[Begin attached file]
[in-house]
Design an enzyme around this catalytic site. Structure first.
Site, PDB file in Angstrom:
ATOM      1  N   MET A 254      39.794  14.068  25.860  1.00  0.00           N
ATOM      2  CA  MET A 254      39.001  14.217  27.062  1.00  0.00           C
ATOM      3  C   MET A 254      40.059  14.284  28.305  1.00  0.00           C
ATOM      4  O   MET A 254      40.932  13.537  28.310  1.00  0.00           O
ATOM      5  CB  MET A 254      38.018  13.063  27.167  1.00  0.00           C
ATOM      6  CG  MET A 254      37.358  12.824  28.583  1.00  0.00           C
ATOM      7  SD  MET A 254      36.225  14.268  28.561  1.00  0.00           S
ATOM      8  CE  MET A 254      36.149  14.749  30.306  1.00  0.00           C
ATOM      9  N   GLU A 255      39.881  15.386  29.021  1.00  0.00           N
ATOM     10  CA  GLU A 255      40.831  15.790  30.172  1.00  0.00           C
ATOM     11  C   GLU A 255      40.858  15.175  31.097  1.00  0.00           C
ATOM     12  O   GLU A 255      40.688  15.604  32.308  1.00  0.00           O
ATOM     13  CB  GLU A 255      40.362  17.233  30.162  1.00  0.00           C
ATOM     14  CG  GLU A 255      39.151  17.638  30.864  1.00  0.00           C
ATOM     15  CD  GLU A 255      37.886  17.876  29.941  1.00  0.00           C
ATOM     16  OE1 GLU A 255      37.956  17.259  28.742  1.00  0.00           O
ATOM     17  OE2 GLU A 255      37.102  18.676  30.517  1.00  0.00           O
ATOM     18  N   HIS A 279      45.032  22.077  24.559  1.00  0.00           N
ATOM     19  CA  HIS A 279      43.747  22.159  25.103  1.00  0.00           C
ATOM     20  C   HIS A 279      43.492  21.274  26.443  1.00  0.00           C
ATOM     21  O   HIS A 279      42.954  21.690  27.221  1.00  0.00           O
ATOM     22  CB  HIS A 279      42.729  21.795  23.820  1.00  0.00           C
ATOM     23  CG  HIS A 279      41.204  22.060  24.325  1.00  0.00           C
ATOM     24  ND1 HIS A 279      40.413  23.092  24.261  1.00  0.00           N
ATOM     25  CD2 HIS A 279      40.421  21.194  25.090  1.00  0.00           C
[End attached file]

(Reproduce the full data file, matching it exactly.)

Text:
[in-house]
Design an enzyme around this catalytic site. Structure first.
Site, PDB file in Angstrom:
ATOM      1  N   MET A 254      39.794  14.068  25.860  1.00  0.00           N
ATOM      2  CA  MET A 254      39.001  14.217  27.062  1.00  0.00           C
ATOM      3  C   MET A 254      40.059  14.284  28.305  1.00  0.00           C
ATOM      4  O   MET A 254      40.932  13.537  28.310  1.00  0.00           O
ATOM      5  CB  MET A 254      38.018  13.063  27.167  1.00  0.00           C
ATOM      6  CG  MET A 254      37.358  12.824  28.583  1.00  0.00           C
ATOM      7  SD  MET A 254      36.225  14.268  28.561  1.00  0.00           S
ATOM      8  CE  MET A 254      36.149  14.749  30.306  1.00  0.00           C
ATOM      9  N   GLU A 255      39.881  15.386  29.021  1.00  0.00           N
ATOM     10  CA  GLU A 255      40.831  15.790  30.172  1.00  0.00           C
ATOM     11  C   GLU A 255      40.858  15.175  31.097  1.00  0.00           C
ATOM     12  O   GLU A 255      40.688  15.604  32.308  1.00  0.00           O
ATOM     13  CB  GLU A 255      40.362  17.233  30.162  1.00  0.00           C
ATOM     14  CG  GLU A 255      39.151  17.638  30.864  1.00  0.00           C
ATOM     15  CD  GLU A 255      37.886  17.876  29.941  1.00  0.00           C
ATOM     16  OE1 GLU A 255      37.956  17.259  28.742  1.00  0.00           O
ATOM     17  OE2 GLU A 255      37.102  18.676  30.517  1.00  0.00           O
ATOM     18  N   HIS A 279      45.032  22.077  24.559  1.00  0.00           N
ATOM     19  CA  HIS A 279      43.747  22.159  25.103  1.00  0.00           C
ATOM     20  C   HIS A 279      43.492  21.274  26.443  1.00  0.00           C
ATOM     21  O   HIS A 279      42.954  21.690  27.221  1.00  0.00           O
ATOM     22  CB  HIS A 279      42.729  21.795  23.820  1.00  0.00           C
ATOM     23  CG  HIS A 279      41.204  22.060  24.325  1.00  0.00           C
ATOM     24  ND1 HIS A 279      40.413  23.092  24.261  1.00  0.00           N
ATOM     25  CD2 HIS A 279      40.421  21.194  25.090  1.00  0.00           C